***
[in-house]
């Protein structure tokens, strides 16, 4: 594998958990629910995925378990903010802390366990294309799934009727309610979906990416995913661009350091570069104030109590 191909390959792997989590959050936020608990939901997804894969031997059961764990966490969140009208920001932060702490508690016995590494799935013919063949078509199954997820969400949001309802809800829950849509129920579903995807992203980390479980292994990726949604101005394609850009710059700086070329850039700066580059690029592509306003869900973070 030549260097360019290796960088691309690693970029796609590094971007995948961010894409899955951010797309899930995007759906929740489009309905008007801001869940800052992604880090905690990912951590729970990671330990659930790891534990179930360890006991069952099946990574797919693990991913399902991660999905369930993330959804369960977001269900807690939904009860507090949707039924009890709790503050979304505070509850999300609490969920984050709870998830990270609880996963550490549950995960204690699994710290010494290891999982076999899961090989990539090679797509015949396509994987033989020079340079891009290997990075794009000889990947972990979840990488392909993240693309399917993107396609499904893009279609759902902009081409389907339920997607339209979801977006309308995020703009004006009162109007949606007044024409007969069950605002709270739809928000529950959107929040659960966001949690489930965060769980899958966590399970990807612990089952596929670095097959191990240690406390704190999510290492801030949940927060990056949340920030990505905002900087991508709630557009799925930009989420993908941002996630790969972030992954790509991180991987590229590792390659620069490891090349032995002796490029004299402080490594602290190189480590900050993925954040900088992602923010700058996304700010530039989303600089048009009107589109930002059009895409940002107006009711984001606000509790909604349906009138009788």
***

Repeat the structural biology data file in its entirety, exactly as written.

[in-house]
């Protein structure tokens, strides 16, 4: 594998958990629910995925378990903010802390366990294309799934009727309610979906990416995913661009350091570069104030109590 191909390959792997989590959050936020608990939901997804894969031997059961764990966490969140009208920001932060702490508690016995590494799935013919063949078509199954997820969400949001309802809800829950849509129920579903995807992203980390479980292994990726949604101005394609850009710059700086070329850039700066580059690029592509306003869900973070 030549260097360019290796960088691309690693970029796609590094971007995948961010894409899955951010797309899930995007759906929740489009309905008007801001869940800052992604880090905690990912951590729970990671330990659930790891534990179930360890006991069952099946990574797919693990991913399902991660999905369930993330959804369960977001269900807690939904009860507090949707039924009890709790503050979304505070509850999300609490969920984050709870998830990270609880996963550490549950995960204690699994710290010494290891999982076999899961090989990539090679797509015949396509994987033989020079340079891009290997990075794009000889990947972990979840990488392909993240693309399917993107396609499904893009279609759902902009081409389907339920997607339209979801977006309308995020703009004006009162109007949606007044024409007969069950605002709270739809928000529950959107929040659960966001949690489930965060769980899958966590399970990807612990089952596929670095097959191990240690406390704190999510290492801030949940927060990056949340920030990505905002900087991508709630557009799925930009989420993908941002996630790969972030992954790509991180991987590229590792390659620069490891090349032995002796490029004299402080490594602290190189480590900050993925954040900088992602923010700058996304700010530039989303600089048009009107589109930002059009895409940002107006009711984001606000509790909604349906009138009788």